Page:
Kiwi SOS restaurant voucher scheme gifted to US startup
SOS Business, the local restaurant voucher scheme created during the first Covid-19 lockdown, has been transferred to an American startup as part of a $5 million package for local businesses.
The non-profit platform was created by David Downs, Joyce Quah and Naadei Atafu just minutes after the level four announcement in mid-March, offering cafe and restaurant vouchers online that could be redeemed post-lockdown to help businesses pay rent through the period of zero revenue.
The platform has since expanded to include 2,400 businesses, ranging from wildlife parks to barbershops and bars, and has sold $2m in vouchers.
The deal will see the platform's ownership transfer free-of-charge to Texas-based restaurant investor inKind, in exchange for it committing to buying $5m of vouchers from its roster of New Zealand businesses.
Downs, who is also chairman of the Well Foundation and NZTE general manager of projects, said he started the platform after trying to order lunch from the café down the road online before realising most hospitality businesses didn't have online order capability.
"Of course, he's a café guy, not a website guy and I used to be a tech guy, so I set up a website to sell coffee for him, then I rung around all the locals and it snowballed from there."
So far only about 40%-50% of vouchers had been redeemed, which Downs said showed people were more interested in supporting their local haunts than getting a cheap meal.
He will stay on at SOS/inKind in an advisory role and believed inKind would bring significant value for members on the platform.
"The whole SOS thing was set up as a non-profit to help small business so I didn't want to suddenly change it to a commercial model. I was looking for someone that was going to keep the charitable side of the game but also bring something of value."
inKind runs a service that helps restaurants get off the ground or upgrade their premises by buying a certain value of vouchers at a discount, then selling them through its platform at a margin, which chief executive Johann Moonesinghe said worked out to be cheaper than interest rates from traditional lending.
Moonesinghe said while many restaurateurs might be great chefs, many don't know about payroll systems, labour costs and managing overheads.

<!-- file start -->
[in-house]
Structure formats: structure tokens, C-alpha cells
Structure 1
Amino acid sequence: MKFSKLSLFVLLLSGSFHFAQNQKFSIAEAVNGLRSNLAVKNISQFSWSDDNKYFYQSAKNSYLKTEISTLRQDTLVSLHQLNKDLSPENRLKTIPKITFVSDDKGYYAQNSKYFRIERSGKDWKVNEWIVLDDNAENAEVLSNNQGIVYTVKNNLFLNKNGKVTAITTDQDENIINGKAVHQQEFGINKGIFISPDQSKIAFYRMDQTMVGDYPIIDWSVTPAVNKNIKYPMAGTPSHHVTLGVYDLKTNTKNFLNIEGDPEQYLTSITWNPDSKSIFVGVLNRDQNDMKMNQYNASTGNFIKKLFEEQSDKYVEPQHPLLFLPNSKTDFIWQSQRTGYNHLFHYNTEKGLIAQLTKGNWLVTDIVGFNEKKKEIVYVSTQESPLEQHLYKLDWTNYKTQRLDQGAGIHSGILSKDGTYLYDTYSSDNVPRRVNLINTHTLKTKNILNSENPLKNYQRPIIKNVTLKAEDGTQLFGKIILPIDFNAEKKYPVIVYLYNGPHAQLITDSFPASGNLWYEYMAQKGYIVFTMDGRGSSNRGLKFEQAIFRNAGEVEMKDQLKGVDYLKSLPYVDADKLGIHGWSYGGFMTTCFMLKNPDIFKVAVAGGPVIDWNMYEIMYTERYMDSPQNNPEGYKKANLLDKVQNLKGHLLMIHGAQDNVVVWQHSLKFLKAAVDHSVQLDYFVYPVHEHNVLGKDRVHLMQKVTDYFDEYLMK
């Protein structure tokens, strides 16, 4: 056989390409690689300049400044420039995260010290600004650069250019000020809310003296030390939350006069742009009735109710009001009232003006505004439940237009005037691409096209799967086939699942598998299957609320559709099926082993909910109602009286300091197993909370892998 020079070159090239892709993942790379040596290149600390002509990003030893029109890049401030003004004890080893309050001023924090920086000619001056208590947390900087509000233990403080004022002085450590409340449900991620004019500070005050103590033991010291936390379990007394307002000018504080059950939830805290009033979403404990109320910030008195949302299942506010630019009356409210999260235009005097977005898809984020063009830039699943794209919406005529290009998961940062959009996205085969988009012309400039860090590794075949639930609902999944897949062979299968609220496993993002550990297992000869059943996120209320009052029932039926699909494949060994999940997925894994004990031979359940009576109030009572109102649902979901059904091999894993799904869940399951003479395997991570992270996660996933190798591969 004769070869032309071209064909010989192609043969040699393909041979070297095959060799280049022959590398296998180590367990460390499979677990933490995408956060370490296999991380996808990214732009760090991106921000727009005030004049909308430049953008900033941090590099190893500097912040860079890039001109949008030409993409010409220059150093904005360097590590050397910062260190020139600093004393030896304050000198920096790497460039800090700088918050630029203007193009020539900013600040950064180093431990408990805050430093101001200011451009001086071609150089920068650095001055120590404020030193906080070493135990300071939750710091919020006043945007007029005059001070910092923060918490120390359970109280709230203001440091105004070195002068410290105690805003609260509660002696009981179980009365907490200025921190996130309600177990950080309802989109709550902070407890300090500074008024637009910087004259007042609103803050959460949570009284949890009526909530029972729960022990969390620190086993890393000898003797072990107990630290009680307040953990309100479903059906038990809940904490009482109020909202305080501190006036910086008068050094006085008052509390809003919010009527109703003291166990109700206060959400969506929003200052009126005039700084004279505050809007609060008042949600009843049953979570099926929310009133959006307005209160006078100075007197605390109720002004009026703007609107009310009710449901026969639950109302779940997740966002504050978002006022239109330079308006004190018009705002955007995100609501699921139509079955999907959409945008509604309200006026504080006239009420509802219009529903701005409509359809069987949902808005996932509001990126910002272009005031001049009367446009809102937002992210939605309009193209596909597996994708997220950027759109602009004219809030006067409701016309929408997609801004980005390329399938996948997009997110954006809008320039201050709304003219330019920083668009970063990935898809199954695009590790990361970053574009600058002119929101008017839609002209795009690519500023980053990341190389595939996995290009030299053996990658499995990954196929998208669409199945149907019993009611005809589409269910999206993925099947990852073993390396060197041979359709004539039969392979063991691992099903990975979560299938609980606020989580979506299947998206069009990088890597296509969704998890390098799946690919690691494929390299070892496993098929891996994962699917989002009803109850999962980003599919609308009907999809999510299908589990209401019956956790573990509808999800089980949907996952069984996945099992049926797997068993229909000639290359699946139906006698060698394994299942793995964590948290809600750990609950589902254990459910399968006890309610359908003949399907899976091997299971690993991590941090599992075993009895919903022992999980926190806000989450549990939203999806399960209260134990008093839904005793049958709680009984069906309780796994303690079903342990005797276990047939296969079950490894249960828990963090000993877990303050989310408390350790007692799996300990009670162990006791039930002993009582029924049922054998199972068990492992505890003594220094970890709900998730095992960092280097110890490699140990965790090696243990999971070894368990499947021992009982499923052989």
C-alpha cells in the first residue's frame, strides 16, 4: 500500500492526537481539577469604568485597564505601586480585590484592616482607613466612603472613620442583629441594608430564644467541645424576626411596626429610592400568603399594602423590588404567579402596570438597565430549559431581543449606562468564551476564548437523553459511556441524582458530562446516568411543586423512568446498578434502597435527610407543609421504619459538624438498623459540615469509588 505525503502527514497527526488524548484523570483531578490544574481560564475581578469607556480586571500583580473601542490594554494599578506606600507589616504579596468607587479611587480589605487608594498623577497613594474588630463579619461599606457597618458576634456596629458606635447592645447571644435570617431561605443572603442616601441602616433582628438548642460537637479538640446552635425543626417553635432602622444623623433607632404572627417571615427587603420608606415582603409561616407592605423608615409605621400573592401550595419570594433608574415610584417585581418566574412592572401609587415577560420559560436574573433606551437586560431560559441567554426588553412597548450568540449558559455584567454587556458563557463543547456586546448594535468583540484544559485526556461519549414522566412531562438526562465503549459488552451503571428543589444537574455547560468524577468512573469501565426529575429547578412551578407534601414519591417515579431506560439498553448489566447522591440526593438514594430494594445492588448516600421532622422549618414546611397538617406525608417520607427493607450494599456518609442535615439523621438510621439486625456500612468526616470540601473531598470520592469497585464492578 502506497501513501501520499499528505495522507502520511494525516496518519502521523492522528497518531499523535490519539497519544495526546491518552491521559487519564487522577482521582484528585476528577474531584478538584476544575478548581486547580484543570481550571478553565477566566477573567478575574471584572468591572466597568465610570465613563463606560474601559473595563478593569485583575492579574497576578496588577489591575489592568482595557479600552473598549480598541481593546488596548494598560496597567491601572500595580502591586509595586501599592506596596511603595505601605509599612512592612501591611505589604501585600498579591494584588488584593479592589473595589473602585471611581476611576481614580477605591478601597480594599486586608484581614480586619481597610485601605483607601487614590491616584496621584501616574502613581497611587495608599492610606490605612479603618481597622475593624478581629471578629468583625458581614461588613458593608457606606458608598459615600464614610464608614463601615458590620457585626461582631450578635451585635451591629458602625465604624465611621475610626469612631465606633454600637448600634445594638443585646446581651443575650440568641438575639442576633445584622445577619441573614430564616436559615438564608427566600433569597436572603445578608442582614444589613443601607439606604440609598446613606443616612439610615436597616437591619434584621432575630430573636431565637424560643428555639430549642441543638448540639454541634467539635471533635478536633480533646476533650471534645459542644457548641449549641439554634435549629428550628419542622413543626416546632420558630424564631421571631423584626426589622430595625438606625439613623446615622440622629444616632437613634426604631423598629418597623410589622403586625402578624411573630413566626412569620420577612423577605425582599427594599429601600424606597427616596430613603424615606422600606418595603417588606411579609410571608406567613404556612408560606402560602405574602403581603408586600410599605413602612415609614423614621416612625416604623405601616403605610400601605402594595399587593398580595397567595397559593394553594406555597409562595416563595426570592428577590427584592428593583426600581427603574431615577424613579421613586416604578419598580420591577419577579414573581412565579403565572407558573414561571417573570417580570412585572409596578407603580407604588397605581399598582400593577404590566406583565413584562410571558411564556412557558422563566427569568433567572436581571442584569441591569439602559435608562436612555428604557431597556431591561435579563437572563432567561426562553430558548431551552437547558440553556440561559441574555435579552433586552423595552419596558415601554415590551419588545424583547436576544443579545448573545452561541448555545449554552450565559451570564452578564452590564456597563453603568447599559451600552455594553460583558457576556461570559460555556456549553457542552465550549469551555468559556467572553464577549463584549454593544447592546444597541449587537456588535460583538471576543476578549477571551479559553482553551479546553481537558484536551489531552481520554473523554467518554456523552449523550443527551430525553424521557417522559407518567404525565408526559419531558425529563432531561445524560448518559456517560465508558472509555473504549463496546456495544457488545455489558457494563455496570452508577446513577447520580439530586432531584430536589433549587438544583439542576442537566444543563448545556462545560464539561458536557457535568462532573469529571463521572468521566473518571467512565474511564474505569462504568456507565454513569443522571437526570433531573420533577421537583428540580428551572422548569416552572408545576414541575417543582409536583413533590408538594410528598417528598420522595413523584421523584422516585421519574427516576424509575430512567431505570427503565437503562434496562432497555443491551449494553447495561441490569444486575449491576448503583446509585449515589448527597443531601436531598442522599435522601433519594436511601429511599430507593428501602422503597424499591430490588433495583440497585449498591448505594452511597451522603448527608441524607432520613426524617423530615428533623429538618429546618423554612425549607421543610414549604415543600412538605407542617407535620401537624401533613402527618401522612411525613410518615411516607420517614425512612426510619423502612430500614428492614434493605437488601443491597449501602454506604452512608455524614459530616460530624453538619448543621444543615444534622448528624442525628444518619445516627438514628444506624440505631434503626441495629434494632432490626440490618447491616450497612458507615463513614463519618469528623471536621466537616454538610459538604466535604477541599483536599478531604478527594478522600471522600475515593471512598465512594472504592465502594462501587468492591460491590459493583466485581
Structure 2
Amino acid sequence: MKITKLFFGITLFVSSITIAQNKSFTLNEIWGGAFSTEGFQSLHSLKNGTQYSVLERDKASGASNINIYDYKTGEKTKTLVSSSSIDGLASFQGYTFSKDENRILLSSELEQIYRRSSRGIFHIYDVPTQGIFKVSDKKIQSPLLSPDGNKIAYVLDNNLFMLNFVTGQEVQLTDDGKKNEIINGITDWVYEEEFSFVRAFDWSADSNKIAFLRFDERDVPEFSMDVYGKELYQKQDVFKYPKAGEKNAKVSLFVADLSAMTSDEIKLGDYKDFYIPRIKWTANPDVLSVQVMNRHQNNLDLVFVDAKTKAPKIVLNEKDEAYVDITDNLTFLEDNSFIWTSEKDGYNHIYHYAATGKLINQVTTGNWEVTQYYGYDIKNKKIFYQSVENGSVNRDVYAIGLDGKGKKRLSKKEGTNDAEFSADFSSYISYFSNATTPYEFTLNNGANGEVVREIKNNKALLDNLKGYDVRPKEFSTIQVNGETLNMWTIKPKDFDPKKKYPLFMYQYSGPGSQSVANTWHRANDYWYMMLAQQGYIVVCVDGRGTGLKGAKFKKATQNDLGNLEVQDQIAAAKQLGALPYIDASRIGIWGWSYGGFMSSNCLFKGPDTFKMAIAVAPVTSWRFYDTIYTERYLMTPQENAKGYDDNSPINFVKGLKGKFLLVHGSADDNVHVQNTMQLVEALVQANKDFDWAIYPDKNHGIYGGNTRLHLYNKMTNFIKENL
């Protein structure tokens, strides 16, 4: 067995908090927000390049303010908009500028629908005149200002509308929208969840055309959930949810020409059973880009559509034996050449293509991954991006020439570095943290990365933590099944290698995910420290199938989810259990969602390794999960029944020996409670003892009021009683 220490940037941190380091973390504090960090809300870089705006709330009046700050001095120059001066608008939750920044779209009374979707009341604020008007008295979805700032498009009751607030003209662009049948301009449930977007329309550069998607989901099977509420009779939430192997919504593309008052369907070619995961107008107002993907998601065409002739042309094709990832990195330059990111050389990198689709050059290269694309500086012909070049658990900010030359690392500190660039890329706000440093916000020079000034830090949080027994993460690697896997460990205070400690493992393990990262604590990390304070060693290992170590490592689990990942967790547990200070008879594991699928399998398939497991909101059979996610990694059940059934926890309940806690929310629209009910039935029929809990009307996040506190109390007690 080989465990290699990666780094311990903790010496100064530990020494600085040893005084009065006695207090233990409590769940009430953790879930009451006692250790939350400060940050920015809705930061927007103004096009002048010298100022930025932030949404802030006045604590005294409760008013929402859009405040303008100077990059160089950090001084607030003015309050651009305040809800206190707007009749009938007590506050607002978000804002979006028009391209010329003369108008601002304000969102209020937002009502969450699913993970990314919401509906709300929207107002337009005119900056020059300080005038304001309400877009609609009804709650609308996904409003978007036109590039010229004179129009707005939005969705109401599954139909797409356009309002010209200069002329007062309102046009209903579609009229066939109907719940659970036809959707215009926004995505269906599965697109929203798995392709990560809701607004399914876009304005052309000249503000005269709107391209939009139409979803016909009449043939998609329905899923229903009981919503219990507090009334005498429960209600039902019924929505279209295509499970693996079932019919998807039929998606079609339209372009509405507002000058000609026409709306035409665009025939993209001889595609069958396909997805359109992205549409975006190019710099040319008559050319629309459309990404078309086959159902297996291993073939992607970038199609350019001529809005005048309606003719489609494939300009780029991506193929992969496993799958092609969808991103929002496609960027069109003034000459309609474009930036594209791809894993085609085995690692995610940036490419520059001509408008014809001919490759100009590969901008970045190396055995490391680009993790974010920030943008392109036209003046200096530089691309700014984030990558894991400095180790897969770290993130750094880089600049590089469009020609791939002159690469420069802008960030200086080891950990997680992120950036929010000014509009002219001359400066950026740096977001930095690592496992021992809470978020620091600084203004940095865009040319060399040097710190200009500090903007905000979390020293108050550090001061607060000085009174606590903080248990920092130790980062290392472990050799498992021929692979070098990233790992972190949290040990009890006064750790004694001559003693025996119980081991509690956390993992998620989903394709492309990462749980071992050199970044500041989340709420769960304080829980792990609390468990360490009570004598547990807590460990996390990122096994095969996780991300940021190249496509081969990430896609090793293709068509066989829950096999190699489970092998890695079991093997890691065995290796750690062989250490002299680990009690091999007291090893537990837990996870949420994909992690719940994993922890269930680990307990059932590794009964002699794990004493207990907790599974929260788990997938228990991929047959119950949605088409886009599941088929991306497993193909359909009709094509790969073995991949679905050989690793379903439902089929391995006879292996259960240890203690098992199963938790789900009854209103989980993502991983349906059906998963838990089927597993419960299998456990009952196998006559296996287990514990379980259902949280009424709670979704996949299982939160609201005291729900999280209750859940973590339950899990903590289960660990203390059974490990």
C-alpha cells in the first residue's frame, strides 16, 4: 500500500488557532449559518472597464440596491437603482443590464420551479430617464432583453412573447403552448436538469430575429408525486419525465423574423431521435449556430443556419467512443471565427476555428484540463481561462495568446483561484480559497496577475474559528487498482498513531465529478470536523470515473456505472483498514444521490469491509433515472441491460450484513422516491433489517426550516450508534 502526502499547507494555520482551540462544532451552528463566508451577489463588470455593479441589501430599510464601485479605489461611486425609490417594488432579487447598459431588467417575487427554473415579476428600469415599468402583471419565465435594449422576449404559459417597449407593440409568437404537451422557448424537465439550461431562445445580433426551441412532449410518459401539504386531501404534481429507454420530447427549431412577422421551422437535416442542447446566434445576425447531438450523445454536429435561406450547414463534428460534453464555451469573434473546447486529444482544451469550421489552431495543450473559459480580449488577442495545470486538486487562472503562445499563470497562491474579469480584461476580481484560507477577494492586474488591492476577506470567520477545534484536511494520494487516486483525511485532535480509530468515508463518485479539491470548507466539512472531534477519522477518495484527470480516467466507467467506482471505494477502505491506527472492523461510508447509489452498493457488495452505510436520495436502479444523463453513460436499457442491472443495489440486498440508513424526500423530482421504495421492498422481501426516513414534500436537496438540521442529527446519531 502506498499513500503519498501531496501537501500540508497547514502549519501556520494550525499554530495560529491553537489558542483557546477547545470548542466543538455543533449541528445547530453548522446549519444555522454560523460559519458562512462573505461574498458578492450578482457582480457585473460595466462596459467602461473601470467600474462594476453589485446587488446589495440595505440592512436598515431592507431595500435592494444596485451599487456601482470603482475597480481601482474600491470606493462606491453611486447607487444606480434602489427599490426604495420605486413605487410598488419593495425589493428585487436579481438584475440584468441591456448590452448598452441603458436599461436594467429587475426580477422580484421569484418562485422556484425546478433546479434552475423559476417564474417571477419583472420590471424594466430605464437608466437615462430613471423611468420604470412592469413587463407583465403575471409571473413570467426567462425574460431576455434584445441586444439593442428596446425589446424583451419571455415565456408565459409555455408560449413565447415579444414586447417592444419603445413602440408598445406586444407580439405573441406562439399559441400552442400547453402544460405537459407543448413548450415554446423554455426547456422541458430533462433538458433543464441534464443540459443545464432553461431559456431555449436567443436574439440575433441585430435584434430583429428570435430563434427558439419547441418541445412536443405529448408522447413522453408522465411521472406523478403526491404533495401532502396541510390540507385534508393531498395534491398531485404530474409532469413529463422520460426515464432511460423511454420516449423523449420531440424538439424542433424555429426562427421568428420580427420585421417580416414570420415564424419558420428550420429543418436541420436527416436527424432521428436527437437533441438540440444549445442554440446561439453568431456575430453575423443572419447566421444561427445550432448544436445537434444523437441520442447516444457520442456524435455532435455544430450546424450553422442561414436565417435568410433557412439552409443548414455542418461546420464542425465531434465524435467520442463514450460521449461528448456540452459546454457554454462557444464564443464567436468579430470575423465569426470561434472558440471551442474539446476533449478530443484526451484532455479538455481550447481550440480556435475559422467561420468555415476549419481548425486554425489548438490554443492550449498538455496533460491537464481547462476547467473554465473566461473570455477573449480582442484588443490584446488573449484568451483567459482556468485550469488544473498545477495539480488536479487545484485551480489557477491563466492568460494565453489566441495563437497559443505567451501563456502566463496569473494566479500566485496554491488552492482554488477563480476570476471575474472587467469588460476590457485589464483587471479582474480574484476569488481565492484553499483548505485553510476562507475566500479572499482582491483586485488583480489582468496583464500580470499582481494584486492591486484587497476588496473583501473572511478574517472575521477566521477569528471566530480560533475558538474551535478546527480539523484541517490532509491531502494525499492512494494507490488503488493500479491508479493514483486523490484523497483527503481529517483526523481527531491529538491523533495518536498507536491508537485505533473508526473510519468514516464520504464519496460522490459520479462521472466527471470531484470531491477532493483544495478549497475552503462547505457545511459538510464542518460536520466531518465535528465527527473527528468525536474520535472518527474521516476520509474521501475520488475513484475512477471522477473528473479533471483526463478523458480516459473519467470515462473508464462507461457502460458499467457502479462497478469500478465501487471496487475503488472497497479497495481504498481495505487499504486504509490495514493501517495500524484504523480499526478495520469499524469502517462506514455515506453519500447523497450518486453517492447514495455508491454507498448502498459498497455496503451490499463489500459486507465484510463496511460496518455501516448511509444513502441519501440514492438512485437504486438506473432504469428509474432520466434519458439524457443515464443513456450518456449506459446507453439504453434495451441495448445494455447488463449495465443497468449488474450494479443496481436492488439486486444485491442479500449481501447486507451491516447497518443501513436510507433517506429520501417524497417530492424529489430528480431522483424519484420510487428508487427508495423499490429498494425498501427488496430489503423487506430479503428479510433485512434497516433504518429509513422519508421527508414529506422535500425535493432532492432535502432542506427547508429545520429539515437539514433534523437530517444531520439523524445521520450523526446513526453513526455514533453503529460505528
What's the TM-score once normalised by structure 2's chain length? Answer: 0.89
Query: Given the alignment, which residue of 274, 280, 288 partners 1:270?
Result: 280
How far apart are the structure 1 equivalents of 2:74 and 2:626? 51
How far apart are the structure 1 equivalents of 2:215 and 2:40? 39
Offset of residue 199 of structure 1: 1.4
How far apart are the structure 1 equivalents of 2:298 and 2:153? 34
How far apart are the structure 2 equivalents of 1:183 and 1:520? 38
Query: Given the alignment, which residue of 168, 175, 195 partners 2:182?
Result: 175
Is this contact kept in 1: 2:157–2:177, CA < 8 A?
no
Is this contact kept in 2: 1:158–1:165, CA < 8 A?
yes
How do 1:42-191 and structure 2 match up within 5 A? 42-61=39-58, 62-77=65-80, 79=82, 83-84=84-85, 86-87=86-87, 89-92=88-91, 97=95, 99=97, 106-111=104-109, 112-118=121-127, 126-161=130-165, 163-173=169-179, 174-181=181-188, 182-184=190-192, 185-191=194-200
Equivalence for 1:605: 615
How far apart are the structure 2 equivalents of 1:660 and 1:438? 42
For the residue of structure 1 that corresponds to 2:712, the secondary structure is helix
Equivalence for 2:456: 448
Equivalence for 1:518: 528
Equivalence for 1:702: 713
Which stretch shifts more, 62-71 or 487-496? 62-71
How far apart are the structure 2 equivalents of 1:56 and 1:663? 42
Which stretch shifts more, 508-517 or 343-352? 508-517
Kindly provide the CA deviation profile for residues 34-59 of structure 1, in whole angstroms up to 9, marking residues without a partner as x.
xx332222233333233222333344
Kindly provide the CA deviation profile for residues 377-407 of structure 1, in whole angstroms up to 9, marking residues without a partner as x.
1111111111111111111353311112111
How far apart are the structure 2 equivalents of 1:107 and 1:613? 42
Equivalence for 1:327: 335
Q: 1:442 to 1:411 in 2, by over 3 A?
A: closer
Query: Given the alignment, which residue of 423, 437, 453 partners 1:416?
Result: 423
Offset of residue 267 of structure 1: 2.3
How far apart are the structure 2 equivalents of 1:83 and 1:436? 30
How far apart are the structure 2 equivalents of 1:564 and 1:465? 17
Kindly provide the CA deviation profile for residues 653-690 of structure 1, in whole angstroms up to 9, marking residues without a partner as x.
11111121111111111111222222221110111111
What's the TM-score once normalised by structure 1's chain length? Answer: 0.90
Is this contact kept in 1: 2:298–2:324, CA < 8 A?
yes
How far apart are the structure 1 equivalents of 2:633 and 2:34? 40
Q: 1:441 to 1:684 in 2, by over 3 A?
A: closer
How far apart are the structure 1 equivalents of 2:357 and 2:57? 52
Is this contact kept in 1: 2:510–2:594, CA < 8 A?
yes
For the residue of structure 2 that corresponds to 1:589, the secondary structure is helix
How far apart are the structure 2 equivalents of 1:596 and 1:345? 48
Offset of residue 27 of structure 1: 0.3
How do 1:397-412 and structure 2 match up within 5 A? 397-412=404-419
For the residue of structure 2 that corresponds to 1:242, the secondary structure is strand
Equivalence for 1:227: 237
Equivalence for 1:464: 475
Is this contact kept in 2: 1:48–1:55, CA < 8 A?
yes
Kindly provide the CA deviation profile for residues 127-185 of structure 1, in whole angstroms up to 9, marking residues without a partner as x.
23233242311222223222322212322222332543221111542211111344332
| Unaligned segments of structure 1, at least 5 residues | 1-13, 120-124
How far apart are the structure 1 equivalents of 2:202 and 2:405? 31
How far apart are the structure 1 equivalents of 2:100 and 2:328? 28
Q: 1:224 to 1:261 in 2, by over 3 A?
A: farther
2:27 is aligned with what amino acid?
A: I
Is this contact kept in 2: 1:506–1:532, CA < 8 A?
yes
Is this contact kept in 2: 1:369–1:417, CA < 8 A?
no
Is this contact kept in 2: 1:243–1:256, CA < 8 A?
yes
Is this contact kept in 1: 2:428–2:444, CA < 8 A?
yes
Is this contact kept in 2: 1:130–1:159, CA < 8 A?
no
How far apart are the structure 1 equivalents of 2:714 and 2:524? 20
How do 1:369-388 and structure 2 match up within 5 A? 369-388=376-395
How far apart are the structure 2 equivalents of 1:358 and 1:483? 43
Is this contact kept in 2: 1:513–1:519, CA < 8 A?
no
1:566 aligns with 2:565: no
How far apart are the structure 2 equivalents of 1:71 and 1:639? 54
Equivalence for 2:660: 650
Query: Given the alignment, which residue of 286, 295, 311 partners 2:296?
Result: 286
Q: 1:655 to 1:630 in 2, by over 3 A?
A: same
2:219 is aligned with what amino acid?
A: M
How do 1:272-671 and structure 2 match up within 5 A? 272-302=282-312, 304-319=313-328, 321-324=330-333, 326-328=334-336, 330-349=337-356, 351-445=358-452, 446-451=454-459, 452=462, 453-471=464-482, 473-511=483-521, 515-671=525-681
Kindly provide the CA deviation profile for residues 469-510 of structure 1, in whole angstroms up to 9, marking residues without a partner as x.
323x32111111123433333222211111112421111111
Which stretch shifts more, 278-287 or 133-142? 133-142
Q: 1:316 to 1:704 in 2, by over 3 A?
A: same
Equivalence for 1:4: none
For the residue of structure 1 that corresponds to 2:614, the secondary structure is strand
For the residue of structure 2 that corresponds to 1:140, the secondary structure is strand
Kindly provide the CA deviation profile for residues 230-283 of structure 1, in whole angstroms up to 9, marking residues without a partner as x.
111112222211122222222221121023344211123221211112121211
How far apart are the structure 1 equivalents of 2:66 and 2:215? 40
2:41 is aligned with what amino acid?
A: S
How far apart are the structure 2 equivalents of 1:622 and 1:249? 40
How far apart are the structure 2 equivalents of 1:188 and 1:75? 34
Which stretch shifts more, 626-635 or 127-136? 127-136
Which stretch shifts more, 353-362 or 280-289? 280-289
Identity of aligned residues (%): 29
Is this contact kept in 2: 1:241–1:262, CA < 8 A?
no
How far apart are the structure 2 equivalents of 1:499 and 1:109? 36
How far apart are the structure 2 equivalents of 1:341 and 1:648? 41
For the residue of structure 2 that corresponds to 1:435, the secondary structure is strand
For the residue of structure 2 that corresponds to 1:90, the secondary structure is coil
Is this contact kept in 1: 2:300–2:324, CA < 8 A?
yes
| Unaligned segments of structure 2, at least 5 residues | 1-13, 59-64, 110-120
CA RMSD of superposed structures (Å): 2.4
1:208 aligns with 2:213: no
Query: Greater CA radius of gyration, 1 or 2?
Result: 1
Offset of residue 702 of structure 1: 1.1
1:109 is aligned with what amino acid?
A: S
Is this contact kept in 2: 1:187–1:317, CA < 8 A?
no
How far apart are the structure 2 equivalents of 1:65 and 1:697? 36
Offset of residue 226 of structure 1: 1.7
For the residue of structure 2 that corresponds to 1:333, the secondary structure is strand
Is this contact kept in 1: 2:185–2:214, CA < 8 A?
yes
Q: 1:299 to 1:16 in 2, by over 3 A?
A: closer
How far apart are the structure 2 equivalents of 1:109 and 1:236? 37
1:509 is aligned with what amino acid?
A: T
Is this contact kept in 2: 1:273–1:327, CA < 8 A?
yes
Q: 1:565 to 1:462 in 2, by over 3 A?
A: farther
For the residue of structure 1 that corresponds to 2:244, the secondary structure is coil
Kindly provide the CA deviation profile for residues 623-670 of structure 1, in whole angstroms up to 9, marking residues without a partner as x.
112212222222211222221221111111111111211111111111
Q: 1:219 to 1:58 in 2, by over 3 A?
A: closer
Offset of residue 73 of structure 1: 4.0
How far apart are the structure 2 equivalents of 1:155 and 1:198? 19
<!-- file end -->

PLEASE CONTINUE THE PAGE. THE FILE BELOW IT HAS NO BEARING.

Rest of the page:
"Restaurant finance in the US is broken, it's usually high-interest loans or taking a percentage of the profits from the business. Neither of those normally work out well for the operator."
So far it has financed over 400 restaurants this way, with most of its recent funding going towards retrofitting restaurants to comply with Covid-19 distancing requirements. Moonesinghe said the company will offer this service alongside SOS Business's original service, as well as marketing support for restaurants.
"SOS has been a massive help for restaurants, cafes, and other businesses Kiwis love. Our plan is to expand the SOS offering, and help support New Zealanders as they work through another lockdown, and come out the other side," Moonesinghe said.
SOS Business and inKind connected after inKind saw some of the extensive media coverage around SOS and called Downs for advice on Save Hospitality, a similar programme it runs in Australia.
Downs said handing the non-profit over to inKind made sense, particularly as it had been interested in the New Zealand market for some time.
"I talked to these guys and there was a good cultural alignment, Johann is a restaurateur himself and I used to be many years ago; they understood that we were only doing this to help the businesses, [and] there was no profit in it for us."
He said Auckland relapsing into alert level three and social distancing requirements elsewhere highlighted that the hospitality industry still needed support from the public, and $5m injection would be well received.
"My perception is it's a mental health challenge for many of these businesses, as much as it is an economic one," Downs said.